- Run C&W - Walkin' The Dog Originally done by Rufus Thomas and covered by everyone from The Rolling Stones to The Flamin' Groovies and even Green Day. But this has always been my favorite.
- Pickin' On Zeppelin - Dyer Maker My favorite Led Zep song
- John Hartford - Piece Of My Heart Janis Joplin's masterpiece ala banjo
- Doug Dillard Band - Heartbreak Hotel Elvis comes alive in a way you never expected
- IIIrd Tyme Out - Only You One of my favorite 50's doo-wop songs, made popular by The Platters
- Dale Ann Bradley - I Still Haven't Found What I'm Looking For Recognize this U2 classic?
- Old & In The Way - Wild Horses The Rolling Stones made this famous in 1971
- Austin Lounge Lizards - Brain Damage If Pink Floyd were a person, he'd be rolling over in his grave
- The Charles River Valley Boys - Yellow Submarine Well, to be more accurate, "Yeller Submarine."
- Pickin' On Zeppelin - Going To California
- David Grisman - Hot For Teacher Does anyone here remember when Van Halen played at the Cascade Theatre? I wonder if they did this song. I'm sure it didn't sound like this.
- Iron Horse - Paradise City Yes. I sang this Guns 'N Roses song at the top of my lungs just moments ago, and I'm not ashamed about it.
- Iron Horse - Enter Sandman Metallica's 1991 hit done in a way I'm sure they never thought was possible.
- Iron Horse - One I am actually in a slight state of shock that a bluegrass band found a way to make more than one Metallica song accessible to the world through banjos and mandolins and fiddles, so I've got to give them another slot on today's playlist. Please forgive me.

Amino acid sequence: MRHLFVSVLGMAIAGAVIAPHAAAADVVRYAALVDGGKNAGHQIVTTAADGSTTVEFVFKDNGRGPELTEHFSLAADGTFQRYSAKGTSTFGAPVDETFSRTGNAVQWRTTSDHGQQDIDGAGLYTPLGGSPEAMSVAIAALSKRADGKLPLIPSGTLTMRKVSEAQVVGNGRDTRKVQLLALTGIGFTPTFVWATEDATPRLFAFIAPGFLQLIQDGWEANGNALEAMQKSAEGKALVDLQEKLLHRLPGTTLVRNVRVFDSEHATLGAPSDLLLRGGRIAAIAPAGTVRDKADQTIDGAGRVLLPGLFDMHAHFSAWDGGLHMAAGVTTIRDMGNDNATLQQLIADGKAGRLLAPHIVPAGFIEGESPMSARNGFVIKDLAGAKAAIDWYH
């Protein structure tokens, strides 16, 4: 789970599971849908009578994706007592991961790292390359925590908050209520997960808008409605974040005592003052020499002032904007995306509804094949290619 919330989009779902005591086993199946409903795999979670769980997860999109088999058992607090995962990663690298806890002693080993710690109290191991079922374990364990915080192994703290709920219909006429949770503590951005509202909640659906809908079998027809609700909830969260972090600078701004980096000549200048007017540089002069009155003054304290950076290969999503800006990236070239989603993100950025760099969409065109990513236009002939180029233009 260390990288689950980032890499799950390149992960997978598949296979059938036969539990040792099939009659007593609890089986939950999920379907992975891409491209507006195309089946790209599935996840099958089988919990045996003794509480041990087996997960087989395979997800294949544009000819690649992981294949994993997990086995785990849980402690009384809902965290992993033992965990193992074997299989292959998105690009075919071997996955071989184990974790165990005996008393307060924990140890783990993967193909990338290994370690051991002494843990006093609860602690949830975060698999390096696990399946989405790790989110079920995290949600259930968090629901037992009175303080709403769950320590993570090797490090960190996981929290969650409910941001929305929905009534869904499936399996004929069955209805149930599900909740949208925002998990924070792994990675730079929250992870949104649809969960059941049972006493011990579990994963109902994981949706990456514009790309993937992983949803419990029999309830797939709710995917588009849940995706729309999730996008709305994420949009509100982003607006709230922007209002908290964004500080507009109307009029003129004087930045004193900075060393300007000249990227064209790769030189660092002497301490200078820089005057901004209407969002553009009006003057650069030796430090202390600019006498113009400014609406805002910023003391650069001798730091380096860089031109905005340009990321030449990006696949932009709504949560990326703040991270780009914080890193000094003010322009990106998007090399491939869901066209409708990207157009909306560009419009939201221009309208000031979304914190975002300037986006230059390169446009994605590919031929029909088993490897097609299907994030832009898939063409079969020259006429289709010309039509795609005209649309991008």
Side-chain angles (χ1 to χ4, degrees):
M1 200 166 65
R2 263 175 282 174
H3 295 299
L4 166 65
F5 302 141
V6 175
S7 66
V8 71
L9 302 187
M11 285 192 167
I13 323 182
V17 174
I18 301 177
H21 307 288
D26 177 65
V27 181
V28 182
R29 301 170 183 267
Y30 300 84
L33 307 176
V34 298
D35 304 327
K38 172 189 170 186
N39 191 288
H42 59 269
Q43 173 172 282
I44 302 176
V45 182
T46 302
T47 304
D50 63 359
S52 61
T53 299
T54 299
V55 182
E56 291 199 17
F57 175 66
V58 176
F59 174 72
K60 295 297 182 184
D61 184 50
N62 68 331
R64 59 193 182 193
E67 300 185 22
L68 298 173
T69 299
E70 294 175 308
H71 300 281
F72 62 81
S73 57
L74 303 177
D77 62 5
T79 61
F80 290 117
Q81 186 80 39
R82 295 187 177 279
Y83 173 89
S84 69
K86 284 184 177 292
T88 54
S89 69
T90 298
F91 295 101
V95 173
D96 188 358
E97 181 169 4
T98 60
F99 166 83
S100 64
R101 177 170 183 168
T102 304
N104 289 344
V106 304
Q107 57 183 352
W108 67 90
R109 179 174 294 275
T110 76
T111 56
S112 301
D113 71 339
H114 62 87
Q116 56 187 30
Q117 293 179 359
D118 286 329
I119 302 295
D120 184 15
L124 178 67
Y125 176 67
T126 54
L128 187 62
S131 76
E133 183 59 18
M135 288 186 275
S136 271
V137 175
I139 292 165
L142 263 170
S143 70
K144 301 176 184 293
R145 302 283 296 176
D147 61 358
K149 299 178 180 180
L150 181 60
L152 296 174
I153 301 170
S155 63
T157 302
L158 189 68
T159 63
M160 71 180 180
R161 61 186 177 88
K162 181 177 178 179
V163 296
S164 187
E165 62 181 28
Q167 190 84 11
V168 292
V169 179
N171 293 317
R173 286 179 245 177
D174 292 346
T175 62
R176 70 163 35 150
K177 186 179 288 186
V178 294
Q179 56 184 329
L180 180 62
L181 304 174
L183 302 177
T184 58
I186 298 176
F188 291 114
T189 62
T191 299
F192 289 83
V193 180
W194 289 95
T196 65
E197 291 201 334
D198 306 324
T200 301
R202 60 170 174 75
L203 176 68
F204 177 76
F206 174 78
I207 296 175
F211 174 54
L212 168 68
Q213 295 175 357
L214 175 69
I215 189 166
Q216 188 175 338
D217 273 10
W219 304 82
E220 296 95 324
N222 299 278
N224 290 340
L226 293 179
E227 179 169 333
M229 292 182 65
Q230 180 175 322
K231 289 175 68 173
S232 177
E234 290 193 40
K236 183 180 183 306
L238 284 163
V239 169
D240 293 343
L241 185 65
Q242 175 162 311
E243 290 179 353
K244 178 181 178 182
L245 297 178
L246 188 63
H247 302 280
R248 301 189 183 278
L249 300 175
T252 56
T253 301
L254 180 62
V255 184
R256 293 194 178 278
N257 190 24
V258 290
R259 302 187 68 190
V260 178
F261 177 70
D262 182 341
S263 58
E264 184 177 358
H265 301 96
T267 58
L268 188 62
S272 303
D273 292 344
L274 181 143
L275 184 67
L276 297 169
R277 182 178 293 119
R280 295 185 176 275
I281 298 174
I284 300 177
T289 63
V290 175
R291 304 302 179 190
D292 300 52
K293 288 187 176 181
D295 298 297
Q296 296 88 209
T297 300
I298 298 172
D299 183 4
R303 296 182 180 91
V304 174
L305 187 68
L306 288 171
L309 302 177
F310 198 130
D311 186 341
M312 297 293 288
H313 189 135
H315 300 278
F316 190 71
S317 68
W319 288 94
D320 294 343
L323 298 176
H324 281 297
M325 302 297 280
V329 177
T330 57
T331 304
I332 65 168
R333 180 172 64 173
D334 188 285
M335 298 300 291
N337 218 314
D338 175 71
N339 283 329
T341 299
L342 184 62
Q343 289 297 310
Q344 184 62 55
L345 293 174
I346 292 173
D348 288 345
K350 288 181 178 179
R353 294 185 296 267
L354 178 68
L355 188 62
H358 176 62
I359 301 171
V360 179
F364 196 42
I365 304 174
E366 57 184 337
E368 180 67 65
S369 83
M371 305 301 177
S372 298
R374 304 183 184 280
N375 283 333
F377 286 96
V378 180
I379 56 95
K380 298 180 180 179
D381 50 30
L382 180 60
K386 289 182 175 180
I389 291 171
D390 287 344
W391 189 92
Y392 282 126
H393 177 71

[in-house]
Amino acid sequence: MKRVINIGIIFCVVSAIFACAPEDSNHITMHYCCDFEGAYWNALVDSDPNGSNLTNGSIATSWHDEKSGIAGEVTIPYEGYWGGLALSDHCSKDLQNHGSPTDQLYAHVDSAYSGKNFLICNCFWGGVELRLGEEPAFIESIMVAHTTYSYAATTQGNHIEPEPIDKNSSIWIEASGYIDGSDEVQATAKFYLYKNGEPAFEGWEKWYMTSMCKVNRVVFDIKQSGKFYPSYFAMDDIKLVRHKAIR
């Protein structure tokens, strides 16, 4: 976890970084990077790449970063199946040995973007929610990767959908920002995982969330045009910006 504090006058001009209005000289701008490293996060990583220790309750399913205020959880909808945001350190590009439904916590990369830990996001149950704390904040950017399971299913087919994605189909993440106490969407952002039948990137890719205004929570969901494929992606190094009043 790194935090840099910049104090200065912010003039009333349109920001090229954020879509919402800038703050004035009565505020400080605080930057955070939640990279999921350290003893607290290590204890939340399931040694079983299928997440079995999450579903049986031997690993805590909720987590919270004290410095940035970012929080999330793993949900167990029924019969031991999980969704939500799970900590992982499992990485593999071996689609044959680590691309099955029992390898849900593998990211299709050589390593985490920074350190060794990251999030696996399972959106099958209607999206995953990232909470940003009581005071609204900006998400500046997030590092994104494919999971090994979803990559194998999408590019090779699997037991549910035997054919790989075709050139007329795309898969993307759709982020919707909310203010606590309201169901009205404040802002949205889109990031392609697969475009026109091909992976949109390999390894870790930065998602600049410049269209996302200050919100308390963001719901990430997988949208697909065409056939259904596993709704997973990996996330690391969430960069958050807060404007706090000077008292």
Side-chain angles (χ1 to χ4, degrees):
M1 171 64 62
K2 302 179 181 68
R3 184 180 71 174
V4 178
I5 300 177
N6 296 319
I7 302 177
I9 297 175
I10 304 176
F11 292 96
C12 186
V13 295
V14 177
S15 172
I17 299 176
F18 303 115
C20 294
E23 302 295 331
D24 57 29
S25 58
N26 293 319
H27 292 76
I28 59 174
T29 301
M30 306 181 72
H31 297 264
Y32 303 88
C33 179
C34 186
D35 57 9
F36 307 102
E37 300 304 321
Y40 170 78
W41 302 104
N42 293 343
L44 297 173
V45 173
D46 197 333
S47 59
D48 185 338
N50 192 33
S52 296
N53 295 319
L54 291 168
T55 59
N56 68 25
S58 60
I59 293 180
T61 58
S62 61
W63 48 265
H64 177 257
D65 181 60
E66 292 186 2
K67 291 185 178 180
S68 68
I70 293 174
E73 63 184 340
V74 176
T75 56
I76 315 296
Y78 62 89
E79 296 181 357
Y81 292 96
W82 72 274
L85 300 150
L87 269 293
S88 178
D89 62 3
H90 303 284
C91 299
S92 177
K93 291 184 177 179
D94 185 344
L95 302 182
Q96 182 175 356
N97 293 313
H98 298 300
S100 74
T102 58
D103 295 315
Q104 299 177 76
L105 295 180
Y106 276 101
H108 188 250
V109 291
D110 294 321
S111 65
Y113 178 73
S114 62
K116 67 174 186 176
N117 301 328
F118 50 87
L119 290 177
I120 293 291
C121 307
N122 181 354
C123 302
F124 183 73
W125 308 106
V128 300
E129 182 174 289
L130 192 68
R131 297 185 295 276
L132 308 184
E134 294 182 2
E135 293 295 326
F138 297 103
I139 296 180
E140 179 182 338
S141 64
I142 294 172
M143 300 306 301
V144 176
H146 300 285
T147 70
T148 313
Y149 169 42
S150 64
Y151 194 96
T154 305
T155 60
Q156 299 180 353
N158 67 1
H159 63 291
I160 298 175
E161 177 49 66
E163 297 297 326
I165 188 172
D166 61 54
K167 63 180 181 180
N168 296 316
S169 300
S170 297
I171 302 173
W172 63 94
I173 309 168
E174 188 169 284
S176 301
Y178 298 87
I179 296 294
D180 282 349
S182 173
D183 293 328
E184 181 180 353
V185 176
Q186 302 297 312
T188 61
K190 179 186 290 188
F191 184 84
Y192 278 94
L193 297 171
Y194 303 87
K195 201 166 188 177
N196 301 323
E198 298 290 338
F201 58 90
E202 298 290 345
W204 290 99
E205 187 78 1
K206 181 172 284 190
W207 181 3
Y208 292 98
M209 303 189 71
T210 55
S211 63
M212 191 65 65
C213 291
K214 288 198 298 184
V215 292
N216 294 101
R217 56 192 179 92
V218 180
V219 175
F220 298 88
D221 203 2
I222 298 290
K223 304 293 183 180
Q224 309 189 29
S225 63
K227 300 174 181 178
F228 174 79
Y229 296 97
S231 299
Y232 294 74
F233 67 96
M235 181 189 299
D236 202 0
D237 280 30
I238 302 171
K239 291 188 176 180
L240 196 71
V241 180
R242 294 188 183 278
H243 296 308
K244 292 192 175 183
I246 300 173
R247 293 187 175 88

- New Grass Revival - Great Balls Of Fire This isn't actually all that far off from the kind of music people expected Jerry Lee Lewis to perform instead of his crazy, hair flinging antics. I think he might be a little disappointed to hear his music toned down this way. C'est La Vie.
- The Raconteurs - Old Enough This one is a little different, because it's a Raconteurs song covered bluegrass style by the group that originally did it, but with the addition of Tennessee singer-songwriter Ashley Monroe and bluegrass icon Ricky Skaggs. Gives Jack White a whole new sound. He never ceases to amaze me.
- The Charles River Valley Boys - Norwegian Wood Another great Beatles song
- Moody Bluegrass - Nights In White Satin The entire Moody Blues album has been done in a bluegrass style, and some day you really should make time in your schedule to check the whole thing out start to finish.
- Loretta Lynn - Rocky Top I thought it would be appropriate to end with an authentic bluegrass song by the original gal who inspired me to find an appreciation for this type of music. The very song my punk band covered back in 1983. And if you find yourself appreciating this daughter of a coal miner's music, you've got an opportunity to see her perform live in Redding at the Cascade Theatre later this year. JPR brings Loretta Lynn to the stage October 23rd. Want tickets? Get 'em here.